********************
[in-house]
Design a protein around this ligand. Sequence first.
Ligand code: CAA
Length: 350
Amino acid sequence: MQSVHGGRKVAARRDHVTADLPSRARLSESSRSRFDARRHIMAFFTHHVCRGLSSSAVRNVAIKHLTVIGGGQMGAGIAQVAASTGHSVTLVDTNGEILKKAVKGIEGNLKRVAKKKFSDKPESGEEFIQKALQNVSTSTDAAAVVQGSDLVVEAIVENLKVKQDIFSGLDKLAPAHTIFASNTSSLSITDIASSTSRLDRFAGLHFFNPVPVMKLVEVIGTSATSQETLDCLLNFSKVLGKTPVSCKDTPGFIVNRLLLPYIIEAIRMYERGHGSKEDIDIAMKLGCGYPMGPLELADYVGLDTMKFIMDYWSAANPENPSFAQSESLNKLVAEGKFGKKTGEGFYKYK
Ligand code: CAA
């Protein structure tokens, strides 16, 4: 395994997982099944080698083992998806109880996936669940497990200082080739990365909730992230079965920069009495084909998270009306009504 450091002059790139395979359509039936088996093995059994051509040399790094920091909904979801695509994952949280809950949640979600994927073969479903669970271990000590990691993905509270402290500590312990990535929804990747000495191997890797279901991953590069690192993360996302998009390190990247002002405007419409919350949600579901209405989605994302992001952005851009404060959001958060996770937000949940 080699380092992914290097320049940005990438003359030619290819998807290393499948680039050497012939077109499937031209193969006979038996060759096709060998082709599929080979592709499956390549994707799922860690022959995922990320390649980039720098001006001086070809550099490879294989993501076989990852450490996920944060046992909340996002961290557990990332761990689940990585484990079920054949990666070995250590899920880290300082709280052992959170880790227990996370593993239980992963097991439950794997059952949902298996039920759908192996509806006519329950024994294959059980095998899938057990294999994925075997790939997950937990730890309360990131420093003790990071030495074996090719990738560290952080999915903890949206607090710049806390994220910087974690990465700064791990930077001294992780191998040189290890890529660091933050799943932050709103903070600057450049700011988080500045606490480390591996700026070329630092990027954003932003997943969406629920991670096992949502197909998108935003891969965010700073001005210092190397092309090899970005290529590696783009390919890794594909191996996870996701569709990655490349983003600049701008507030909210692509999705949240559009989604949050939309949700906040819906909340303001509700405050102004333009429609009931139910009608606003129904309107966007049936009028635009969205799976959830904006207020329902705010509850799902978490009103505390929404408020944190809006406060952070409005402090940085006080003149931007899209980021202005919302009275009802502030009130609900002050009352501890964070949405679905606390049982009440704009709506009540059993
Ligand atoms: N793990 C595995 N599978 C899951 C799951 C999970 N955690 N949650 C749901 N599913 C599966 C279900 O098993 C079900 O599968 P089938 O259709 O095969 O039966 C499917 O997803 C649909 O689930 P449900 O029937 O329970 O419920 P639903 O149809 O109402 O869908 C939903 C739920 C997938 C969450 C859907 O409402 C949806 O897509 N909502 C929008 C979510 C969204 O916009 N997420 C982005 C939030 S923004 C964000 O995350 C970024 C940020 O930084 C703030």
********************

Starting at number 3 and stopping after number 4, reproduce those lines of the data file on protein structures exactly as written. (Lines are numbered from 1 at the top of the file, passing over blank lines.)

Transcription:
Ligand code: CAA
Length: 350